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Cleveland Hospitals Say Rise In Health Workers With COVID Could Impact Care

Updated 4:20 p.m. Monday, Nov. 16, 2020

As the number of COVID-19 cases and hospitalizations continue to climb in Ohio, Cleveland-area hospital leaders are concerned about the growing number of health care workers who are out sick with the coronavirus.  

According to hospital officials, about 800 Cleveland Clinic employees, 200 at University Hospitals, and 60 MetroHealth staffers are out, making it more difficult to care for the rising number of hospitalized COVID-19 patients in Cuyahoga County.  

“If we have many of our staff out because of exposure, while there’s a large influx of COVID patients, we will not be able to provide the best care to everyone who needs it," said MetroHealth CEO and President Dr. Akram Boutros. 

The health care workers are either diagnosed with COVID-19, in the required 10-day waiting period since symptom onset or are recovering and awaiting symptom clearance to return to work, health officials said. 

Contact tracing shows the employees are not contracting the virus at work, but out in the community, Boutros said at a Monday news conference. 

“They have contact with family members, they go to church, they go to gatherings... that’s where they get it from,” he said, “a child, a cousin, somebody they went to a restaurant with, somebody they went to the gym with.”  

The area hospitals are anticipating a “greater influx” of COVID-19 patients in the next few weeks, officials said. Currently, there are about 400 patients hospitalized across Cleveland Clinic’s Northeast Ohio locations, said CEO Dr. Tom Mihaljevic. 

There are about 200 patients hospitalized with COVID-19 at University Hospitals (UH), and the health system is averaging 25 to 30 new COVID-19 patients per day, said UH president Dr. Cliff Megerian. 

If trends do not improve, the hospitals could be nearing capacity by the end of the year, Megerian said. 

“If we average the increase over the last month, we could see ourselves, by Christmastime, getting up to 800 patients, a four-fold increase, so obviously we’re hoping that does not happen,” he said.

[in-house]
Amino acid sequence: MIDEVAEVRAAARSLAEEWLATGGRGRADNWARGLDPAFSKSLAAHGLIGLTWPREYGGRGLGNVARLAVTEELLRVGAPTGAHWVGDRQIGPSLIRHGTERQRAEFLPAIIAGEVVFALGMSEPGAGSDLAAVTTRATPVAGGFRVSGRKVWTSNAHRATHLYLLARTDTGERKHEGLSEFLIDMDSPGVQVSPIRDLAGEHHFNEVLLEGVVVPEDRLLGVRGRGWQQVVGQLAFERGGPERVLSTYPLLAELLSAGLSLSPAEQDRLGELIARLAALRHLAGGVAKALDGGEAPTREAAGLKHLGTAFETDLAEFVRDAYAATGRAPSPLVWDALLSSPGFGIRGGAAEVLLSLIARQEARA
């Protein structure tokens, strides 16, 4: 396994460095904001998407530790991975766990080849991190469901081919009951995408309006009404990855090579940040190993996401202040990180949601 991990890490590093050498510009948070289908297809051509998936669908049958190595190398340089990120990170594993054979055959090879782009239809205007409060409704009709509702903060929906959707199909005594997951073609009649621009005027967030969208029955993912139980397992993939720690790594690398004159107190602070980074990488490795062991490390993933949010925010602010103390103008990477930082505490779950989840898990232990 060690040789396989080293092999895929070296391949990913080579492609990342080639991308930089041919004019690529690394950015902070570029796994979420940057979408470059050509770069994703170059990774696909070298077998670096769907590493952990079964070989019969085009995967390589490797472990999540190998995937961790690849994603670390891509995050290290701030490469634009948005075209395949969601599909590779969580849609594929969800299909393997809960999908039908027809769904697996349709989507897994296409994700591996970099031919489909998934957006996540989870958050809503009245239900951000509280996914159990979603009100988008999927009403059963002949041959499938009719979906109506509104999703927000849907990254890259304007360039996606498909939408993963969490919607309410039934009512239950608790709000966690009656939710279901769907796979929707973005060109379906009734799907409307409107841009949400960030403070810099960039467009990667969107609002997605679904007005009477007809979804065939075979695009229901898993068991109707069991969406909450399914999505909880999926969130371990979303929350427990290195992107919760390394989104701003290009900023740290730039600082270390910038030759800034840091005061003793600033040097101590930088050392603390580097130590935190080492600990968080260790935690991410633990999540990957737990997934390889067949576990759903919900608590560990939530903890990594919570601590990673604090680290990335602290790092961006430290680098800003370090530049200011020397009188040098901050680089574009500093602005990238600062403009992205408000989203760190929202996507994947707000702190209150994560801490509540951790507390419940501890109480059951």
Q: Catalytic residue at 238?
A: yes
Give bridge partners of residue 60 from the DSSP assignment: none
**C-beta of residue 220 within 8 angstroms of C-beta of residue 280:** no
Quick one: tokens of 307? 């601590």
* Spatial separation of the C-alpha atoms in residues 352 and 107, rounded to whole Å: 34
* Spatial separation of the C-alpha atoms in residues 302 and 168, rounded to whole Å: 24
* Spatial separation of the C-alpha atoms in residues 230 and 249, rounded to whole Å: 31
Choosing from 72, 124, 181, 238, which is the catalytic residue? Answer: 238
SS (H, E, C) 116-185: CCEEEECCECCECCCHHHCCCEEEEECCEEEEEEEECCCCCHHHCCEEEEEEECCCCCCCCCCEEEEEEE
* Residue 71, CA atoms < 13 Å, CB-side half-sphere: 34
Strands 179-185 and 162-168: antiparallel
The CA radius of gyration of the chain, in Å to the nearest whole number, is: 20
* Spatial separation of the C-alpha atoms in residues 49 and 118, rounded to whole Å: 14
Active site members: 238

While there is sufficient capacity to treat patients across the Northeast Ohio health care systems for now, Boutros said, the three hospitals will work together on a surge plan, such as preparing buildings for overflow patients, if needed, in the coming weeks.  

Hospitals in Northeast Ohio generally have more capacity and beds than in other areas of the state, which why they have fared better than hospitals in other Ohio regions thus far, Cleveland Clinic officials said.  

However, there is growing concern about their capacity to treat the latest surge of new COVID-19 cases, Mihaljevic said, which is why the Clinic has temporarily postponed non-essential surgeries for the rest of the week. 

“That actually addresses a relatively small percentage of our services, but it is a significant, significant ability and opportunity for us to increase our hospital capacity,” he said. 

The hospitals are also seeing an increase in the percentage of positive COVID-19 tests, with nearly one out of four tests in the hospitals and emergency rooms coming back positive for COVID-19, Boutros said,

Copyright 2021 90.3 WCPN ideastream. To see more, visit 90.3 WCPN ideastream.

Anna joined ideastream in 2019, where she reports on health news for WCPN and WVIZ in Cleveland. She has also served as an associate producer for NewsDepth. Before that, Anna was a 2019 Carnegie-Knight News21 fellow at Arizona State University's Walter Cronkite School of Journalism.